How to shoot strangers?
|How to shoot strangers?|
If you are interested in the genres of street, reportage and other types of photographs, where the main characters are people, then you probably wondered: how to expressively remove an unfamiliar person so that it is not a "passport photo" and not to get "on the hat" at the same time? In this article I will share my thoughts on this topic and my personal experience of shooting strangers.
Looking ahead a little, I will say that in fact, sometimes you have to get a cap, and solve internal ethical problems, not to mention the legal side of the matter. Is it even possible to shoot strangers? Isn't this an invasion of their privacy? How do Christians, Muslims, Buddhists and representatives of other religious denominations feel about this? Is it possible to shoot police officers? Is it possible to shoot at airports, train stations, in the subway? Is it possible to shoot in supermarkets and private stores? In which countries what restrictions apply? There are a lot of questions related to shooting strangers, and, alas, it is impossible to answer them unequivocally.
In this article, I will not consider legal aspects, because I am not an expert on these issues. I can only share some general considerations that I have learned for myself in dealing with lawyers. In short, in most civilized countries, you can shoot anyone and anything in a public place. Another thing is, if you decide to go into someone's house without asking, you can go to jail for it. In public places, in theory, everything we see can be filmed. If someone does not want outsiders to see his face or figure, or something that he carries with him, then hiding it in public places is his personal task. Roughly speaking, if someone does not want to be seen (filmed) in underpants, then he should not appear in public in underpants. Muslim women don't want strangers to see their faces? Please have a burqa. Not everything is so clear, of course, but in general and averaged across different countries, the situation looks something like this.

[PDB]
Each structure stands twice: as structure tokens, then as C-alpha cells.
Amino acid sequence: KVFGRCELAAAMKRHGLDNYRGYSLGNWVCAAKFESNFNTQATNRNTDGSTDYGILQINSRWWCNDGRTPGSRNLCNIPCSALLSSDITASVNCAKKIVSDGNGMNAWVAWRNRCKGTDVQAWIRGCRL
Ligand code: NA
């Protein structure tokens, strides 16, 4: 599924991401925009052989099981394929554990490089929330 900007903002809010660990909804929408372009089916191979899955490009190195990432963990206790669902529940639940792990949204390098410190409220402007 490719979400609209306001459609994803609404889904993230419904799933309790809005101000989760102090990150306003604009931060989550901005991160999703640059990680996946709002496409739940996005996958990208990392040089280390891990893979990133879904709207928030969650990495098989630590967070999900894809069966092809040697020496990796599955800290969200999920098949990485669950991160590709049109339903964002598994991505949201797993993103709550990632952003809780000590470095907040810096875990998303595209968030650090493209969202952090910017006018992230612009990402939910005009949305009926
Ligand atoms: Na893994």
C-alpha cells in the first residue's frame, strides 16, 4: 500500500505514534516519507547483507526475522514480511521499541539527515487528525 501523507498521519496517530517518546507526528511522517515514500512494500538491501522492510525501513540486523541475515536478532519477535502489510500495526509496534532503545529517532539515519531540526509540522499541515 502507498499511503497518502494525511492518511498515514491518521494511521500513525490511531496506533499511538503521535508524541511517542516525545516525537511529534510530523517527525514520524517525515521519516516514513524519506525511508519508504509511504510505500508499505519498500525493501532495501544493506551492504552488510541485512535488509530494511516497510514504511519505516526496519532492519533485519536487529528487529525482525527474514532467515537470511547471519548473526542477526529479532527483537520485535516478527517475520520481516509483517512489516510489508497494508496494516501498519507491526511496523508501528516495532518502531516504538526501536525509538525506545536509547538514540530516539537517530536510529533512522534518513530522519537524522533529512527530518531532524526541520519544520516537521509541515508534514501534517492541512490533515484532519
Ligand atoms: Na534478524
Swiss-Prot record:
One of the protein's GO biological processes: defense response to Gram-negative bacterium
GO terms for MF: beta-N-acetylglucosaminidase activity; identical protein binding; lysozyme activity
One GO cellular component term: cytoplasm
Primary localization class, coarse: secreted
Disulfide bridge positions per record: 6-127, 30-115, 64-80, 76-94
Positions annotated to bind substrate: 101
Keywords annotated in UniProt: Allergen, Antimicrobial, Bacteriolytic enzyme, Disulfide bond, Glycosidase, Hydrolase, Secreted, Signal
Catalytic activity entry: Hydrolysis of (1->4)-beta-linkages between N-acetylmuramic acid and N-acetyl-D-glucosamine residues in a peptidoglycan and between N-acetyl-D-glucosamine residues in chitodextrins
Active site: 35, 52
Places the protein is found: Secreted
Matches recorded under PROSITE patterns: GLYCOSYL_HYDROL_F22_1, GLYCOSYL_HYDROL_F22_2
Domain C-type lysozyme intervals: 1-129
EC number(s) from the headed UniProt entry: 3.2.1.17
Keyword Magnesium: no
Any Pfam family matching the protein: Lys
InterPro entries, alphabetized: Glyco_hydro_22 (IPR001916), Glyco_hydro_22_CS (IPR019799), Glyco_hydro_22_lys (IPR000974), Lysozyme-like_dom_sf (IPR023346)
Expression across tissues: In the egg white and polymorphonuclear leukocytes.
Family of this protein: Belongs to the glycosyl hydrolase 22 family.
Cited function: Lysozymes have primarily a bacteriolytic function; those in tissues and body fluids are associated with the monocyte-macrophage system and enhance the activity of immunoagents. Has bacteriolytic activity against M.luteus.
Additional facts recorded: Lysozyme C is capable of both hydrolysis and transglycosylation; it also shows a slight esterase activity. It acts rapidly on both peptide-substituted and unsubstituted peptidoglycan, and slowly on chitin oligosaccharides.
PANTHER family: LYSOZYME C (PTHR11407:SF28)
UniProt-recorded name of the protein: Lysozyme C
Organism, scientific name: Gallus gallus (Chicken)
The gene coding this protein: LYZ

Let's imagine a situation — in a public place, a girl's skirt was pulled up, and for a split second her panties became visible. The photographer managed to shoot. Does he have the right to publish such a photo? There is no clear answer to this question, besides, it will depend on the laws and customs of a particular country. But in most cases, one of the main response criteria will be the consent or disagreement of the girl herself for such a publication.
Let's now imagine that the girl noticed that she was filmed in an obscene form, and demanded to delete the photo (to light up the film). Should the photographer obey? In this case, there is an unambiguous answer — the girl cannot demand this. But then the legal issue related to the publication of such a picture comes into force. Even if we assume that you can shoot anything, not all of this can be published and not for all purposes. For example, special restrictions usually apply to the use of certain photos depicting people in advertising.
Now let's assume that in this particular country where you took a photo and plan to publish it, the law is on your side in a situation with a girl. That is, you can legitimately post a photo of her with her skirt up. But you know for sure that the model won't like it. What should I do? And here comes into force not a legal, but an ethical issue. That is, the question of your personal attitude to this situation.